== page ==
Southern New South Wales and Victoria-based Chester’s Transport has been in the trucking industry for over 30 years moving grain and stockfeed for its clients.
Founded in 1989 by the Chester’s family duo of Graeme and Julie they started out with just one truck, a barrel tanker, doing stockfeed work from a local feed mill initially with the help of Graeme’s father.
Eventually, Graeme’s father transitioned out of the business as he got older, and the husband-and-wife team decided to grow the business further.
Graeme and Julie saw the opportunity to expand the business. They started by setting up blowers on the trucks and rotary seals on the tipper trailers to enable back loading. Around this time, they were also aware of the benefits of further diversifying the businesses operations.
“We saw a need at the time to not have all our eggs in the one basket. So, we grew the business to having several blower trucks for the stockfeed as well as tippers to cart fertiliser, lime, and bulk grain,” Julie Chester says.
“More recently we have stepped away from the stockfeed and blower truck side of work. This has meant we can focus on our bulk grain work and our clients.
“We do a lot of work at a nearby oil seed factory as well as carting meals, transfer work, gypsum, lime and fertiliser for local farmers.”
The business is based on the NSW/Victorian border in Corowa, and currently operates in Victoria, southern NSW with occasional work in central NSW.
The current Chester’s fleet is a group of fantastic looking Western Star trucks paired up with trailers by the Goulburn company, Tefco.
“We enjoy having the bigger size cabs that Western Star can provide which gives greater comfort for our drivers. We cannot fault the Tefco tippers set up with BPW axles for their reliability and ability to cope with the Australian conditions,” Julie says.
Being the Western Star fans that they are, Julie says Chester’s are keeping a close eye on the brand’s new truck line up.
“We are looking forward to the release of the new Western Star X Series to see what this brings to the Australian transport industry,” Julie says.
Chester’s honours itself on always having a clean fleet of trucks and they say staff are encouraged to ensure their truck and trailers are clean before beginning a new week’s work.
Chester’s, like many transport operators in Australia, being a family business prides itself on having a strong set of values, among these are safety and accountability.
“Safety comes first. We have a big focus on safety for our drivers and the general public. We operate under fatigue management, mass management and also maintenance management and this ensures our drivers, and the community are as safe as possible.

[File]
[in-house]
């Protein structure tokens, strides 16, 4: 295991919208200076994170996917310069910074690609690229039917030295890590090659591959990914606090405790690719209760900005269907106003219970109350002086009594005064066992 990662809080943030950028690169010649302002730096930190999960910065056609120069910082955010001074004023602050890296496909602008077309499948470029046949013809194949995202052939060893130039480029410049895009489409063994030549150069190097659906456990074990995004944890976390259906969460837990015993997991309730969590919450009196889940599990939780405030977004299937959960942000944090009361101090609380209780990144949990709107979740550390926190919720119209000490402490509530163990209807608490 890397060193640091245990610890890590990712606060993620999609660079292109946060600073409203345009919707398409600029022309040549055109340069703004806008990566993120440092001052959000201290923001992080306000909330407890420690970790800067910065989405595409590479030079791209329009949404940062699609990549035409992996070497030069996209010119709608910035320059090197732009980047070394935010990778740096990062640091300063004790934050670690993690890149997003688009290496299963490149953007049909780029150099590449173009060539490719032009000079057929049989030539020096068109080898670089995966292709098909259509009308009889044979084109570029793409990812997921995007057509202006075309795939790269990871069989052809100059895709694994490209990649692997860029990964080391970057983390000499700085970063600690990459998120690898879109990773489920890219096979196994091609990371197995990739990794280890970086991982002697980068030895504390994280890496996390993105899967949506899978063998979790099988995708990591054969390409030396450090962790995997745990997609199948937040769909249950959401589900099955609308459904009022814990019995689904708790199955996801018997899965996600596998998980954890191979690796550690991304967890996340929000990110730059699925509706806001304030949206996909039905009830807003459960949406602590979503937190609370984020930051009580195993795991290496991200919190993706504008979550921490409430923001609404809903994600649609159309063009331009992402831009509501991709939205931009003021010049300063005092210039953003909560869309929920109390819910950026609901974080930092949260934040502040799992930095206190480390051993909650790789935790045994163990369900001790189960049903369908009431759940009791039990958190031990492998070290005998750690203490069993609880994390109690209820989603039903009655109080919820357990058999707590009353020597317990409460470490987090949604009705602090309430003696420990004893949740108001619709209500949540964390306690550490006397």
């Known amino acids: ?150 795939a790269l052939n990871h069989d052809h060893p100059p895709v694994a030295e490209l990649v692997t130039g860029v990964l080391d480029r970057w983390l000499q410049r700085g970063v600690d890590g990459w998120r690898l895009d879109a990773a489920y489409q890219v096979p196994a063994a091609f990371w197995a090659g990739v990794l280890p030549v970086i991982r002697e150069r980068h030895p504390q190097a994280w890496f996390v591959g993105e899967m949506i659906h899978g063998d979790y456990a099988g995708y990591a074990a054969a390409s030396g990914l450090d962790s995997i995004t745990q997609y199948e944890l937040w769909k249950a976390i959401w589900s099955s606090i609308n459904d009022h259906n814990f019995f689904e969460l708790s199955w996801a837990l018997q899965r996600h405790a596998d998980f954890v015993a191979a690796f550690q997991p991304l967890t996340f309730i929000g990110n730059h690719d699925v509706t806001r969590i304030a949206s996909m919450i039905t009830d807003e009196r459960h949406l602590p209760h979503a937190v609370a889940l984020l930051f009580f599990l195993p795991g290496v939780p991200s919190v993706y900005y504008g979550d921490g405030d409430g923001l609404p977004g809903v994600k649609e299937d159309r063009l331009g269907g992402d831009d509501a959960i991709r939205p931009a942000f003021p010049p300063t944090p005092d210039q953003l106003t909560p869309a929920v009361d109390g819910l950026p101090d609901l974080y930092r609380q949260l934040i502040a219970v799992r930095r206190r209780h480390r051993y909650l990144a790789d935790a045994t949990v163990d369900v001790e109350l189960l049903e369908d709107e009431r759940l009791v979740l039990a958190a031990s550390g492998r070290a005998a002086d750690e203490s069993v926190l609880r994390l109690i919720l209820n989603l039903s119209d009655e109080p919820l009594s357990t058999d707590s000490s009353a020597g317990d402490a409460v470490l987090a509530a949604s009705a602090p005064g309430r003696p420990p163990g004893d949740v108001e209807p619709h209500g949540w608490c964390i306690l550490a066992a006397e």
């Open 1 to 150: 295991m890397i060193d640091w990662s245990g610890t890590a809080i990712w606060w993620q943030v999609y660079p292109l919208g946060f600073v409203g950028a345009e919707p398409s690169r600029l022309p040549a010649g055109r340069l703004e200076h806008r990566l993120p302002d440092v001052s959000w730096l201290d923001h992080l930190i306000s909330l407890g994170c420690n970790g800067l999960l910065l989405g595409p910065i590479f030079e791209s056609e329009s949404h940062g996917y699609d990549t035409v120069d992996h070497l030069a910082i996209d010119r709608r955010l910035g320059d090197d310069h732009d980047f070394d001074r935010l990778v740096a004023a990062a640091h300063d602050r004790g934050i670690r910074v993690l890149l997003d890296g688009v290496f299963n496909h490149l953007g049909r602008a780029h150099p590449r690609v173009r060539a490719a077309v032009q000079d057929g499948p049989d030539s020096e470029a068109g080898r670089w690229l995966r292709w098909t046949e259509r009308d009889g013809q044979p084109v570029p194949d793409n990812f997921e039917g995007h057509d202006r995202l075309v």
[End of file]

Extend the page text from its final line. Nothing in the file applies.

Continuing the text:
“We ensure that our trucks and equipment are well maintained, so we can also operate efficiently providing a reliable service to our customers,” Julie says.
Just like every other company at the moment, Chester’s is aware of the many challenges facing the transport industry. First and foremost, for them is the ongoing labour shortage. They have begun using social media as a strategy to attract new talent to the company.
When asked about the underlying factors that might be contributing to a lack of skilled drivers, Julie points to the unfair perceptions of drivers that culminate in fewer young people aspiring to join the industry.
“We need to recognise the hard work of truck drivers and how important the industry is for Australia in the supply chain. The labour shortage is an ongoing challenge for us. We are using social media as a new way of getting our name out into the industry and hope this will assist with recruitment in the future,” Julie says.
“We are enjoying getting our name out through social media and showing the trucking industry our fleet. We have a few drivers who enjoy taking photos of their trucks and this has helped us have a great gallery of photos,” says Beth Chester. The results are a stunning set of photos that demonstrate the company’s values of hard work and positive company image.
Julie and Beth both said they believed a driving apprenticeship would be a huge positive for the industry. Such an apprenticeship has been discussed extensively within the industry; Queensland stands as the only state currently to be planning to implement it, however.
“An apprenticeship program would ensure driving career paths are seen as a qualified role, creating status within the community, as well as value and recognition. We are keen to contribute to the next generation of truck drivers, and willing to assist them to start their trucking career,” Beth says.
Chester’s also points to the large untapped potential that is female workforce participation.
“We have had a positive experience in hiring females within our workplace. We currently employ one female driver, who has been with us for 10 years.
“Women certainly could assist with the labour shortage, and it has now been proven that women can do this sort of work just as well as men,” Julie adds.
As far as what is in store for the future of Chester’s Transport, similar to how Graeme’s father slowly transitioned out of the family business to allow his son and daughter-in-law to take over, Julie and her husband are currently in the same stage of their careers, and that is getting the business ready for Beth and her partner Ryan to take over and make their own legacy.
Beth’s partner, Ryan, has also begun driving for the company so he can get a feel for the industry and eventually transition into a managerial role.
Photography: Chester’s Transport